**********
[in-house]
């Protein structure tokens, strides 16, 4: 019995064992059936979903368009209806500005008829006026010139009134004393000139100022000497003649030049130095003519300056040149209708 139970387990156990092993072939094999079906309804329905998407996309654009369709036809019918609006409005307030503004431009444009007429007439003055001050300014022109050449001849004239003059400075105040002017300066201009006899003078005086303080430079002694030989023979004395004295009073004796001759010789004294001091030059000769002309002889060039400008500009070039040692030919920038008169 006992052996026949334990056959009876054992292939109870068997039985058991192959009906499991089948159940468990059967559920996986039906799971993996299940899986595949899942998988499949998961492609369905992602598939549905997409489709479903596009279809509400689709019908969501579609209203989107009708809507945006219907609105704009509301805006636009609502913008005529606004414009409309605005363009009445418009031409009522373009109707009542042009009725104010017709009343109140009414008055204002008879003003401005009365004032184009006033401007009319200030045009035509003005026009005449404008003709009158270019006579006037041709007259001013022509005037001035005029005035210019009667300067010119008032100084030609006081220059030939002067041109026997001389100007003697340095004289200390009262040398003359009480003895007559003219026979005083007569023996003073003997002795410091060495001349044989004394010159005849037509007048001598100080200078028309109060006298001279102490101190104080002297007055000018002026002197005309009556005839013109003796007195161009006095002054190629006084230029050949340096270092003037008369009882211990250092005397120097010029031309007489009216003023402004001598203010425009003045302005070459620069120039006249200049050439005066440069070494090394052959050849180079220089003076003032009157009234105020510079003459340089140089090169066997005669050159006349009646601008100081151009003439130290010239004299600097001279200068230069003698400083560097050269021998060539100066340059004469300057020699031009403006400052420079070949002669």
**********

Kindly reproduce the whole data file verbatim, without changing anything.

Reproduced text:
[in-house]
């Protein structure tokens, strides 16, 4: 019995064992059936979903368009209806500005008829006026010139009134004393000139100022000497003649030049130095003519300056040149209708 139970387990156990092993072939094999079906309804329905998407996309654009369709036809019918609006409005307030503004431009444009007429007439003055001050300014022109050449001849004239003059400075105040002017300066201009006899003078005086303080430079002694030989023979004395004295009073004796001759010789004294001091030059000769002309002889060039400008500009070039040692030919920038008169 006992052996026949334990056959009876054992292939109870068997039985058991192959009906499991089948159940468990059967559920996986039906799971993996299940899986595949899942998988499949998961492609369905992602598939549905997409489709479903596009279809509400689709019908969501579609209203989107009708809507945006219907609105704009509301805006636009609502913008005529606004414009409309605005363009009445418009031409009522373009109707009542042009009725104010017709009343109140009414008055204002008879003003401005009365004032184009006033401007009319200030045009035509003005026009005449404008003709009158270019006579006037041709007259001013022509005037001035005029005035210019009667300067010119008032100084030609006081220059030939002067041109026997001389100007003697340095004289200390009262040398003359009480003895007559003219026979005083007569023996003073003997002795410091060495001349044989004394010159005849037509007048001598100080200078028309109060006298001279102490101190104080002297007055000018002026002197005309009556005839013109003796007195161009006095002054190629006084230029050949340096270092003037008369009882211990250092005397120097010029031309007489009216003023402004001598203010425009003045302005070459620069120039006249200049050439005066440069070494090394052959050849180079220089003076003032009157009234105020510079003459340089140089090169066997005669050159006349009646601008100081151009003439130290010239004299600097001279200068230069003698400083560097050269021998060539100066340059004469300057020699031009403006400052420079070949002669």